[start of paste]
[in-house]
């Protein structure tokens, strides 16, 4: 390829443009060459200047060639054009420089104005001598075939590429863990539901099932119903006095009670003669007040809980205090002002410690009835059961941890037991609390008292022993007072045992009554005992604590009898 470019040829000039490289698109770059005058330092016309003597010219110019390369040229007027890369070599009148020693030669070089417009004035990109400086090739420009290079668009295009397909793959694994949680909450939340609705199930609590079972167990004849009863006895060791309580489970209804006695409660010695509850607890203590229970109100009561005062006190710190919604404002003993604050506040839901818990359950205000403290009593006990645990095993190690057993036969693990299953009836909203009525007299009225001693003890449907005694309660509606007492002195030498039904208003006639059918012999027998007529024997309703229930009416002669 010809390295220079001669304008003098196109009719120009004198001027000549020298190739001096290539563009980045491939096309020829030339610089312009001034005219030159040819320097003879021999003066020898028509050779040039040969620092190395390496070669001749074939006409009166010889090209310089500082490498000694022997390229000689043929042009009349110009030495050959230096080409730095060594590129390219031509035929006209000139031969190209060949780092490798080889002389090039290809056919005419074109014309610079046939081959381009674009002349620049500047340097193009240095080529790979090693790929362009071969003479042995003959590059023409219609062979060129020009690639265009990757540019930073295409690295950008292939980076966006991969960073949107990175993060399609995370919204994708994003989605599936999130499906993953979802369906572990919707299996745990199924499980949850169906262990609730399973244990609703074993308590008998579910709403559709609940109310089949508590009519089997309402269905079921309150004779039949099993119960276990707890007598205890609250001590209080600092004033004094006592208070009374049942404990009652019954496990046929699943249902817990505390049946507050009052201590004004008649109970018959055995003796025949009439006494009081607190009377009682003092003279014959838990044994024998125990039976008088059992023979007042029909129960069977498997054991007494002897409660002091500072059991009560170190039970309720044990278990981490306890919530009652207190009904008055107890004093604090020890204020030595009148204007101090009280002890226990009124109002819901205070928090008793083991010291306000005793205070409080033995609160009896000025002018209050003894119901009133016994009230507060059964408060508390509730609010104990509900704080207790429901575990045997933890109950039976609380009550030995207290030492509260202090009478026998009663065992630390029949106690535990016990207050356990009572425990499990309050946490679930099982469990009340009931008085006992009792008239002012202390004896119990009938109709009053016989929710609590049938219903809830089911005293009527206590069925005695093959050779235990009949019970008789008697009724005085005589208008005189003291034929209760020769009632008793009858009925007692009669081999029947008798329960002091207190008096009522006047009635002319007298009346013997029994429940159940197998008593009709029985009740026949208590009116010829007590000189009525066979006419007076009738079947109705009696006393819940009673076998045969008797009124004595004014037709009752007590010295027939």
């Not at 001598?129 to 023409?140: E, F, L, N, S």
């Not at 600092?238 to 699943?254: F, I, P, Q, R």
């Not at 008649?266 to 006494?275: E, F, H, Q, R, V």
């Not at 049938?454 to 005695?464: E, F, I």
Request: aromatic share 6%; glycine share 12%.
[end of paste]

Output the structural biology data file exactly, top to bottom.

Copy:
[in-house]
């Protein structure tokens, strides 16, 4: 390829443009060459200047060639054009420089104005001598075939590429863990539901099932119903006095009670003669007040809980205090002002410690009835059961941890037991609390008292022993007072045992009554005992604590009898 470019040829000039490289698109770059005058330092016309003597010219110019390369040229007027890369070599009148020693030669070089417009004035990109400086090739420009290079668009295009397909793959694994949680909450939340609705199930609590079972167990004849009863006895060791309580489970209804006695409660010695509850607890203590229970109100009561005062006190710190919604404002003993604050506040839901818990359950205000403290009593006990645990095993190690057993036969693990299953009836909203009525007299009225001693003890449907005694309660509606007492002195030498039904208003006639059918012999027998007529024997309703229930009416002669 010809390295220079001669304008003098196109009719120009004198001027000549020298190739001096290539563009980045491939096309020829030339610089312009001034005219030159040819320097003879021999003066020898028509050779040039040969620092190395390496070669001749074939006409009166010889090209310089500082490498000694022997390229000689043929042009009349110009030495050959230096080409730095060594590129390219031509035929006209000139031969190209060949780092490798080889002389090039290809056919005419074109014309610079046939081959381009674009002349620049500047340097193009240095080529790979090693790929362009071969003479042995003959590059023409219609062979060129020009690639265009990757540019930073295409690295950008292939980076966006991969960073949107990175993060399609995370919204994708994003989605599936999130499906993953979802369906572990919707299996745990199924499980949850169906262990609730399973244990609703074993308590008998579910709403559709609940109310089949508590009519089997309402269905079921309150004779039949099993119960276990707890007598205890609250001590209080600092004033004094006592208070009374049942404990009652019954496990046929699943249902817990505390049946507050009052201590004004008649109970018959055995003796025949009439006494009081607190009377009682003092003279014959838990044994024998125990039976008088059992023979007042029909129960069977498997054991007494002897409660002091500072059991009560170190039970309720044990278990981490306890919530009652207190009904008055107890004093604090020890204020030595009148204007101090009280002890226990009124109002819901205070928090008793083991010291306000005793205070409080033995609160009896000025002018209050003894119901009133016994009230507060059964408060508390509730609010104990509900704080207790429901575990045997933890109950039976609380009550030995207290030492509260202090009478026998009663065992630390029949106690535990016990207050356990009572425990499990309050946490679930099982469990009340009931008085006992009792008239002012202390004896119990009938109709009053016989929710609590049938219903809830089911005293009527206590069925005695093959050779235990009949019970008789008697009724005085005589208008005189003291034929209760020769009632008793009858009925007692009669081999029947008798329960002091207190008096009522006047009635002319007298009346013997029994429940159940197998008593009709029985009740026949208590009116010829007590000189009525066979006419007076009738079947109705009696006393819940009673076998045969008797009124004595004014037709009752007590010295027939």
């Not at 001598?129 to 023409?140: E, F, L, N, S």
């Not at 600092?238 to 699943?254: F, I, P, Q, R």
């Not at 008649?266 to 006494?275: E, F, H, Q, R, V």
């Not at 049938?454 to 005695?464: E, F, I």
Request: aromatic share 6%; glycine share 12%.